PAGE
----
I need this divorce settled as soon as possible so I can get my settlement because I am flat broke, and it's been mistake after mistake from my attorney. Very frustrating. Now, I'm so close to the end and I'm hearing this and it sounds really odd to me, like maybe it's another piece of wrong information my attorney. I know I can talk to another attorney about it, but I really can't afford to pay someone very much at all right now. I was just hoping that I'd luck out and someone who understands this particular situation could help me.
posted by mudlark at 4:19 PM on February 3, 2011

in oklahoma, as soon as i started using my husband's last name after we were married, it became my last name. i still have to get identifications and such changed so everything matches and some national companies don't recognize it as my name without the documents changed, but according to the state of oklahoma, i'm mrs. silents, not ms. nadawi. if we were to get divorced, even if i never change my identification cards, i'd still have to go through a name change to revert back to my maiden name.

now, yes, i realize i said oklahoma and not tennessee, but i just tell you my story to show that even though it sounds crazy, it might be true.
posted by nadawi at 4:59 PM on February 3, 2011

IANAL but I was born in Tennessee, married (and subsequently divorced) in Tennessee; spouse was a law professor fond of quoting Dickens', "The law is an ass and an idiot." As I understand the way he explained it to me, the name you were born with is your name, the name you used before you married is your name, your husband's name is also your name, the name on property records is your name--the governing principle is that you must be adequately identified for the purpose at hand and must not conceal your identity in order to evade or defraud. The term "legal name" will be whatever identifies you according to the rules of whatever recording body you're dealing with. "What is your name," is a question properly answered after considering who's asking and why. (This is disproportionately a problem for women rather than men and Tennessee is not fashion forward with regard to the law.)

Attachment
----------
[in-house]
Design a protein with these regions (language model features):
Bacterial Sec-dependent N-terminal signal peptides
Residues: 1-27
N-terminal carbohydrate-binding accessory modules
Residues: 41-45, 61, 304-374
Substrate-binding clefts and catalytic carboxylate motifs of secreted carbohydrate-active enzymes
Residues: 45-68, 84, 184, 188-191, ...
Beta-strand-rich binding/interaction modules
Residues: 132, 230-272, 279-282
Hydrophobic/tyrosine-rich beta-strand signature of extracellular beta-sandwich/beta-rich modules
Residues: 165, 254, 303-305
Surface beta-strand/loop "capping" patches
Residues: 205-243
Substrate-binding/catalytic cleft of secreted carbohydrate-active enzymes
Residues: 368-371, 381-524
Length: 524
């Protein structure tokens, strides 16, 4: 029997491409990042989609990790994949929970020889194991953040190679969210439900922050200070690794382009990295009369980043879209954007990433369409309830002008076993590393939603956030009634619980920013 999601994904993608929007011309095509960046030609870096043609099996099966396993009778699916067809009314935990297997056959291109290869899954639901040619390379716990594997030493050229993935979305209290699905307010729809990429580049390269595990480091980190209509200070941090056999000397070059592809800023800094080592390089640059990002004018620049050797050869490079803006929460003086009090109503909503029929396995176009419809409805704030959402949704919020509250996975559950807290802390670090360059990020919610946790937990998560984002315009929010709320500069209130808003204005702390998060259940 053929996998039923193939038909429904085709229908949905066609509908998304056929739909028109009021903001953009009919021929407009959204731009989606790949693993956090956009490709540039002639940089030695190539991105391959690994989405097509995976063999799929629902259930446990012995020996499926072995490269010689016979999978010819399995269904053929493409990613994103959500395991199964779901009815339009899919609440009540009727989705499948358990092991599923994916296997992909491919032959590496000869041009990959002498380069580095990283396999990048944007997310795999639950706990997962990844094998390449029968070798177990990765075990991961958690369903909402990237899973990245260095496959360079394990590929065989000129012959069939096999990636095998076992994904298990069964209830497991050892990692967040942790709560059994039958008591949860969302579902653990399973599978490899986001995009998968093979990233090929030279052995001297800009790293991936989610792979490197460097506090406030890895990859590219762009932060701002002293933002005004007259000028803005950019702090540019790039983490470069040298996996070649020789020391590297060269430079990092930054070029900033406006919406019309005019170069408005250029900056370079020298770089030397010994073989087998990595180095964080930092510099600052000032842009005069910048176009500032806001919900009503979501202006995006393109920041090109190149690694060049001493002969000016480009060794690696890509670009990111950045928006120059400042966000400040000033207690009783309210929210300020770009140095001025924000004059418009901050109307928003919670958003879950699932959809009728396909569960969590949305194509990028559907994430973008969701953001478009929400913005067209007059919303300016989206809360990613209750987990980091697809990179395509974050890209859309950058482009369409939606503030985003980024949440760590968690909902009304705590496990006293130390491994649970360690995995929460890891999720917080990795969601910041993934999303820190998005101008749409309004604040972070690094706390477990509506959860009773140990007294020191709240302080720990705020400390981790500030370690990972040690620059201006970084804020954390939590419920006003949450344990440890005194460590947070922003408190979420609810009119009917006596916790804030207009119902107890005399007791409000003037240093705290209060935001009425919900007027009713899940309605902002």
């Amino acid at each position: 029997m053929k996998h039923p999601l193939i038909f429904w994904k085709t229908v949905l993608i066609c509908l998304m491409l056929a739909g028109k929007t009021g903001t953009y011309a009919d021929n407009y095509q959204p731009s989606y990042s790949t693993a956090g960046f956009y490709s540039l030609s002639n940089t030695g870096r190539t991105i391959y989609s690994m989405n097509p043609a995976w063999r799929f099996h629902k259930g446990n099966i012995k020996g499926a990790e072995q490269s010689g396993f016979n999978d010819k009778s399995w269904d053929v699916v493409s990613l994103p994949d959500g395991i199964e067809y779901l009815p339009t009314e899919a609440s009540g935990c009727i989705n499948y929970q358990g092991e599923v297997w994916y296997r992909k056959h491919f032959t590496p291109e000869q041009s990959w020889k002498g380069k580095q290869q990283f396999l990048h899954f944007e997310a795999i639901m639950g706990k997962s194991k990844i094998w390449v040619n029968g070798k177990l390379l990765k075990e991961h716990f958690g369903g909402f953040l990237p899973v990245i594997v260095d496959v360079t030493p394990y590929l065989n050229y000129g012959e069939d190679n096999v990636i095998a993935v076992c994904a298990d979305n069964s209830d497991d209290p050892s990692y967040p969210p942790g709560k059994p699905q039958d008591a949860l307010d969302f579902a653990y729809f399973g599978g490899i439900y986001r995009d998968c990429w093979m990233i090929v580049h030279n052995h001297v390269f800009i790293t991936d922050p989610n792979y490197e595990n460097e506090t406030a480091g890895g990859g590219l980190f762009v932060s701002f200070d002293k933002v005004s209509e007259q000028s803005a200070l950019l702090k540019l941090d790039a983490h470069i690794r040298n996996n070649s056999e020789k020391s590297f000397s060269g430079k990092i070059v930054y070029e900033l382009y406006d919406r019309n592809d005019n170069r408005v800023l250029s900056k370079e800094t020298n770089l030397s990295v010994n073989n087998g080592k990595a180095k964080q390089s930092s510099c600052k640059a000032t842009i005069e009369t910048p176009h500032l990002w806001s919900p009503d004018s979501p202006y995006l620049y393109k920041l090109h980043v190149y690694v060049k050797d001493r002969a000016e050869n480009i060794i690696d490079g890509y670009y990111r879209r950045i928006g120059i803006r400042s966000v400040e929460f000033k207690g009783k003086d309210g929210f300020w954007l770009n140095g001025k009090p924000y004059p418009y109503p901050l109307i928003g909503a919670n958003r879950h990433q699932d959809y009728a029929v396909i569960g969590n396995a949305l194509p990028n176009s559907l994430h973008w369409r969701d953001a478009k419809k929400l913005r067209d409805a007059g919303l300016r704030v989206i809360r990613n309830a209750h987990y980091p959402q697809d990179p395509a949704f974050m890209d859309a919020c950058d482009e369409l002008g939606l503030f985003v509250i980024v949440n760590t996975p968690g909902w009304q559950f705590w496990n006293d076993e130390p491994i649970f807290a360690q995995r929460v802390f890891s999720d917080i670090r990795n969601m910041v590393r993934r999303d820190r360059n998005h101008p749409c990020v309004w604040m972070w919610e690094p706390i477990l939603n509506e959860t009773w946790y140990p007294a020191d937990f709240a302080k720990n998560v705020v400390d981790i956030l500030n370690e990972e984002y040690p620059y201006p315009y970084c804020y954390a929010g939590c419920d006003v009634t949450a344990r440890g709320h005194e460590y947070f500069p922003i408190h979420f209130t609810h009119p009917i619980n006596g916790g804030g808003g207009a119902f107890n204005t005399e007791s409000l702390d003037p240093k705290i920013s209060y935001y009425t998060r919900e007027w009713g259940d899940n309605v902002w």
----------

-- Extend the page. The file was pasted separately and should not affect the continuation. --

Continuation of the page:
I wish you well. You will probably run into the hangover of this spousal surname for years to come. If requesting that your maiden name be restored makes the judge more amenable to getting on with it, by all means, go ahead, but bear in mind you don't actually need the judge's permission to use the name you've always used excepting only those times you had to conform to the rules of some recording body--or society. Nobody took it away from you and you don't need to have it given back, even if the judge fancies making a little statement officially severing you from your husband's name. (In Louisiana, all past husbands living or dead are shown on a woman's property deed, a remnant of the Napoleonic Code.) After all is said and done, your name is pretty much what you say it is.